There Are Only Upsides
"Being a woman is no longer a pre-existing condition" it begins. Oh-kay. We are told that insurance companies have traditionally discriminated against women by charging them different rates. "Until now, it has been perfectly legal in most states for companies selling individual health policies — for people who do not have group coverage through employers — to engage in “gender rating,” that is, charging women more than men for the same coverage, even for policies that do not include maternity care."
Kind of like how they charge different rates for life and auto insurance based on sex - but that's never mentioned - I mean not mentioned at all - because in those cases men are charged more, and so it's irrelevant.
This discrimination knows (or knew - the beatific new law forbids it) no bounds. "The rationale was that women used the health care system more than men. But some companies charged women who did not smoke more than men who did, even though smokers have more risks." My goodness those insurers are a wacky bunch - willfully eating extra claim expense covering male smokers cheaply just to give women a hard time. Although I'm a bit confused because later in the article we're assured that "insurance companies were masters at protecting their bottom line" - funny that they'd go to such trouble to overcharge women without any basis.
Of course "gender pricing" isn't the only mode of discrimination - individual insurers often do not offer maternity coverage - or if they did they might charge more for it. Not anymore! "It has to be a part of the premium just like heart attacks, prostate cancer or any other condition" that men willingly acquire at very high frequencies in their 20's and 30's.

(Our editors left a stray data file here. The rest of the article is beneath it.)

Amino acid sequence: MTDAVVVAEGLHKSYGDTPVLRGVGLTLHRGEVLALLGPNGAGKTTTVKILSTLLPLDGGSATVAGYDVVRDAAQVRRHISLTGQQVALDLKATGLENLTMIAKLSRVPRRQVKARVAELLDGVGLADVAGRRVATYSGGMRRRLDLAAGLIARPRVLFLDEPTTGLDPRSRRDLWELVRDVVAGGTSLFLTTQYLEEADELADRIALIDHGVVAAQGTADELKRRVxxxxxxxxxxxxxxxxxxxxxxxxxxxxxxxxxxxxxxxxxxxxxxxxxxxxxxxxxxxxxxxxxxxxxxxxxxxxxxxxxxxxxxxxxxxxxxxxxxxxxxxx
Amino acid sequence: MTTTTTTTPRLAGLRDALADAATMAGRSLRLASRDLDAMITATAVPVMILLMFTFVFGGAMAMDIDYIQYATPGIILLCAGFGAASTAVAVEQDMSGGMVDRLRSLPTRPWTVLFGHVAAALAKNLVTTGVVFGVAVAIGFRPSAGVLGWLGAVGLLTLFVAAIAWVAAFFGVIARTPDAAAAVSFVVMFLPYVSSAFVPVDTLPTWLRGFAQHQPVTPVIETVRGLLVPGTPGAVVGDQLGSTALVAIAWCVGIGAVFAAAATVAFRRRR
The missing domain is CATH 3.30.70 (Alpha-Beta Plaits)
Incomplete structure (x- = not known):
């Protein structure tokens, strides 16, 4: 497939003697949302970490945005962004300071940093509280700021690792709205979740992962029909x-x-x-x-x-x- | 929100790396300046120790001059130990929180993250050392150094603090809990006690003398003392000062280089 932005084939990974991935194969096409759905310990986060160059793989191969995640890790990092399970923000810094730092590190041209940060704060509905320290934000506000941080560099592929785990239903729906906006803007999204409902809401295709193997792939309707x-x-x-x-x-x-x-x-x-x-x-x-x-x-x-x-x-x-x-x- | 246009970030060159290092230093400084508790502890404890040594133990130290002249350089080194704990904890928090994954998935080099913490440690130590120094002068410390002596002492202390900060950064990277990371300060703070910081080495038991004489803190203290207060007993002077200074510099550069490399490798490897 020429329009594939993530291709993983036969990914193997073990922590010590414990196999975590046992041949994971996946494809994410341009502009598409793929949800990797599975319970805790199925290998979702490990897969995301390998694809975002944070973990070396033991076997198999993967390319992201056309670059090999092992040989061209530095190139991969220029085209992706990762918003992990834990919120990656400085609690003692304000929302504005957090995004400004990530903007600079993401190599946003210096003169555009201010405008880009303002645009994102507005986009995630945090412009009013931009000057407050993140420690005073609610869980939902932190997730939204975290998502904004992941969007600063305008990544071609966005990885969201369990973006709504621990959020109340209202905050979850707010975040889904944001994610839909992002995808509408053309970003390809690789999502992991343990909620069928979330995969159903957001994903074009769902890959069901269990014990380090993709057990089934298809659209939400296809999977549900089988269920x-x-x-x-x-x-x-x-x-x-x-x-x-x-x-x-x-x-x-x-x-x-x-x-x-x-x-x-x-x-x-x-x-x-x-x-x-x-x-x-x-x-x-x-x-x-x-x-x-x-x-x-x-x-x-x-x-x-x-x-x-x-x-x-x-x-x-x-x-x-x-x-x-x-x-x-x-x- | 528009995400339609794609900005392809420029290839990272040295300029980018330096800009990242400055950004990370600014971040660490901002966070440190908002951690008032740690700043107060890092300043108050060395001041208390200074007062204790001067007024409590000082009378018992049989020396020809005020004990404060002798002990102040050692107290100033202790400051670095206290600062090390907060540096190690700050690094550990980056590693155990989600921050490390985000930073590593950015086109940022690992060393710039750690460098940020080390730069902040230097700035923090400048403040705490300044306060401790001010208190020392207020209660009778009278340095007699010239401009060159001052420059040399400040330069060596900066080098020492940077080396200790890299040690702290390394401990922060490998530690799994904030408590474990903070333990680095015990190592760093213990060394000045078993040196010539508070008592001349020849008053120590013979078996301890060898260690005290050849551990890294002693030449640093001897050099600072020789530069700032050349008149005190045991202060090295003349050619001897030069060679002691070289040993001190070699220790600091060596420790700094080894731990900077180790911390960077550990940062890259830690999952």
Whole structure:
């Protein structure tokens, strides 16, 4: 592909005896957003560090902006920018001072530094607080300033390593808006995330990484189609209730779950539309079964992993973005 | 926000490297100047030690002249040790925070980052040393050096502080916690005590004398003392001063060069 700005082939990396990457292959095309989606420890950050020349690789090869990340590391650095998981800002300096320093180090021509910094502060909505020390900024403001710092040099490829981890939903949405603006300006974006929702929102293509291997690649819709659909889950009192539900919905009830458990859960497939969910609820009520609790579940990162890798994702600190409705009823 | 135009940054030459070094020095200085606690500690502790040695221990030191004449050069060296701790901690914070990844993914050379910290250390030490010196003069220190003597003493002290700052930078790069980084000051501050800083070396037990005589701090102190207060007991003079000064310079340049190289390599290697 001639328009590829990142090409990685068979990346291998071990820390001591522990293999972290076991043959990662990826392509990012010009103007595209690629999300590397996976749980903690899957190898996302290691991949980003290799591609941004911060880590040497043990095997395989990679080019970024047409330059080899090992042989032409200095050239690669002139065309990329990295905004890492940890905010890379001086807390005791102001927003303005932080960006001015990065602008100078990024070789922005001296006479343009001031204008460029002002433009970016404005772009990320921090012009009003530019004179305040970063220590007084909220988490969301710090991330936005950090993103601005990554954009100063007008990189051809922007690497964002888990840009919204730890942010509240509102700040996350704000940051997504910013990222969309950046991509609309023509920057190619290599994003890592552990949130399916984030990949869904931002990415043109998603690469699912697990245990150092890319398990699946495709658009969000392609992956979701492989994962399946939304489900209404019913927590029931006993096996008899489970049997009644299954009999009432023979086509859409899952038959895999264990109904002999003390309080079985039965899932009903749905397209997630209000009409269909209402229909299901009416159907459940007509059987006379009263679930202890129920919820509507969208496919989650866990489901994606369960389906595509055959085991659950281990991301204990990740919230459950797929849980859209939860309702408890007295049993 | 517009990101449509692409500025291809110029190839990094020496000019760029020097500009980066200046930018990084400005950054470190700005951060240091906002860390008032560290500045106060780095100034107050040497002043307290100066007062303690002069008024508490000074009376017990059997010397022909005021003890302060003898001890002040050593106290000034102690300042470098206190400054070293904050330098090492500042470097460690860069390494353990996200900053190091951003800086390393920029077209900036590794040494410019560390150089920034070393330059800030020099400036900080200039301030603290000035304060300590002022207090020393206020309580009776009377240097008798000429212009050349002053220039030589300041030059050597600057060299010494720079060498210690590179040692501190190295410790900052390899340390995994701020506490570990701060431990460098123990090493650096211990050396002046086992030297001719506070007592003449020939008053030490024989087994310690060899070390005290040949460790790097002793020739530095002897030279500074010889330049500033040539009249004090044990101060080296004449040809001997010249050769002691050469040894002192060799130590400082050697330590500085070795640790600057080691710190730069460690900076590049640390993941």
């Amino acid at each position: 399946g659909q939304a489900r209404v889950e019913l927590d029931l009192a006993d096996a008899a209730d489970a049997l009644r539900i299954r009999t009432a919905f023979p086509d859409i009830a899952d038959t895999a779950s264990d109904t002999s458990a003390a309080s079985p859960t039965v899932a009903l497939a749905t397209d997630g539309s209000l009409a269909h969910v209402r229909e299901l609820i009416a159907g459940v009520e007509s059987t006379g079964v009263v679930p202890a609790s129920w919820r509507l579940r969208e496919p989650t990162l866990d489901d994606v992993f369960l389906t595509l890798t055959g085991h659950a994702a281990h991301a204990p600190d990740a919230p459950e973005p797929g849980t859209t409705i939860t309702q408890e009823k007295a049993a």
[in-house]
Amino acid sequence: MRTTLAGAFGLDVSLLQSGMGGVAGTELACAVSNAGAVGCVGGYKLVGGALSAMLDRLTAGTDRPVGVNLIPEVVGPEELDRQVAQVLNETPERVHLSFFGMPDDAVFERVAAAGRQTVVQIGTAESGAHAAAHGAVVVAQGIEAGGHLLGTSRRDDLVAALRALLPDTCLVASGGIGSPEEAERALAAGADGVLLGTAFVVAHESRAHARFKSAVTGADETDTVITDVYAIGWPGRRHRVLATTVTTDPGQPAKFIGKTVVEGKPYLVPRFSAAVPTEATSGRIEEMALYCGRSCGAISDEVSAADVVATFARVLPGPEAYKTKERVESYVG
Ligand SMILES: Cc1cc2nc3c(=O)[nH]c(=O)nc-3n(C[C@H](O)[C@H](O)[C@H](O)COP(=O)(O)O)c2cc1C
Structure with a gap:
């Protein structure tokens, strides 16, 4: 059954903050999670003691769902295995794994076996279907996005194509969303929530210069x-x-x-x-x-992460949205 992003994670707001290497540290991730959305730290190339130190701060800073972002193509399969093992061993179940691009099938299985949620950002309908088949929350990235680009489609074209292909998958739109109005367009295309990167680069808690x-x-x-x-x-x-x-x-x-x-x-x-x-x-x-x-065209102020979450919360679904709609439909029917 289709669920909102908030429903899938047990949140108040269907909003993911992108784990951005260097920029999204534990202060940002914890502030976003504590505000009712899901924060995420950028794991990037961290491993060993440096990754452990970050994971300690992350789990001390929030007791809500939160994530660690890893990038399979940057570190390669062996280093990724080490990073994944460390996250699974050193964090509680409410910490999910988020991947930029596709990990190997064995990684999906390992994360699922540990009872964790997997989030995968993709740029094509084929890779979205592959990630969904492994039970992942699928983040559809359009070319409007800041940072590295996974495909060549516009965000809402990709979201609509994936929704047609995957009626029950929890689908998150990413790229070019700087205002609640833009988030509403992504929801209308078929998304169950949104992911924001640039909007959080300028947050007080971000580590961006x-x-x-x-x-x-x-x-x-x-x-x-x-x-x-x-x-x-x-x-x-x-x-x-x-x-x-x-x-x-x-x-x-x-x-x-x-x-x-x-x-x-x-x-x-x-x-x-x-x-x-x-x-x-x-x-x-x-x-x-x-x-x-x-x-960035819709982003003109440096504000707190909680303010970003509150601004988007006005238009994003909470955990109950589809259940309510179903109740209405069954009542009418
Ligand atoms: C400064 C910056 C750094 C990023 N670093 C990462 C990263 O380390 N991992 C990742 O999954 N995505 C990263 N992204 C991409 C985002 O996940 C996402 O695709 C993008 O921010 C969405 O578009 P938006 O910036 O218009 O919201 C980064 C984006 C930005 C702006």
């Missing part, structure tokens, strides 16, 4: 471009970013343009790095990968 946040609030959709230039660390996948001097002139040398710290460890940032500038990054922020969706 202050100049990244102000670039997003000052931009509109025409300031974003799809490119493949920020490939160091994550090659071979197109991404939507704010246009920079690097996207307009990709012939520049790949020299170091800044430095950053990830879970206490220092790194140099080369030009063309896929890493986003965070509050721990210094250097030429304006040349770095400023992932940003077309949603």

And speaking of men, will they now have to pay more for insurance? We're never told that answer - but nothing Ms. Grady has written would lead me to believe that she doesn't expect women to now pay the same as men, without either's premiums being raised.
A prominent source of outrage in the article is the tale of a woman who was denied a policy because she had had a previous Caesaren delivery and the insurer, obviously concerned about having to be on the hook for another, declined her. The insurer explained that had she been "sterilized" they'd have approved the policy. Ah, that word "sterilized" - of such unfortunate word usage are major policy decisions born in this rational land of ours. How these costs are going to be covered in the individual market is again not even remotely discussed - it's like the loaves and fishes.
I exaggerated a bit when I implied there are no downsides mentioned. The main source for this "analysis", one Marcia D. Greenberger, the founder and co-president of the National Women’s Law Center, was quick to note that all is not peaches and cream. "Despite her enthusiasm for many aspects of the new law, Ms. Greenberger said she was profoundly disappointed in provisions that she thought would limit women’s access to abortion services." Well at least she provided a balanced view.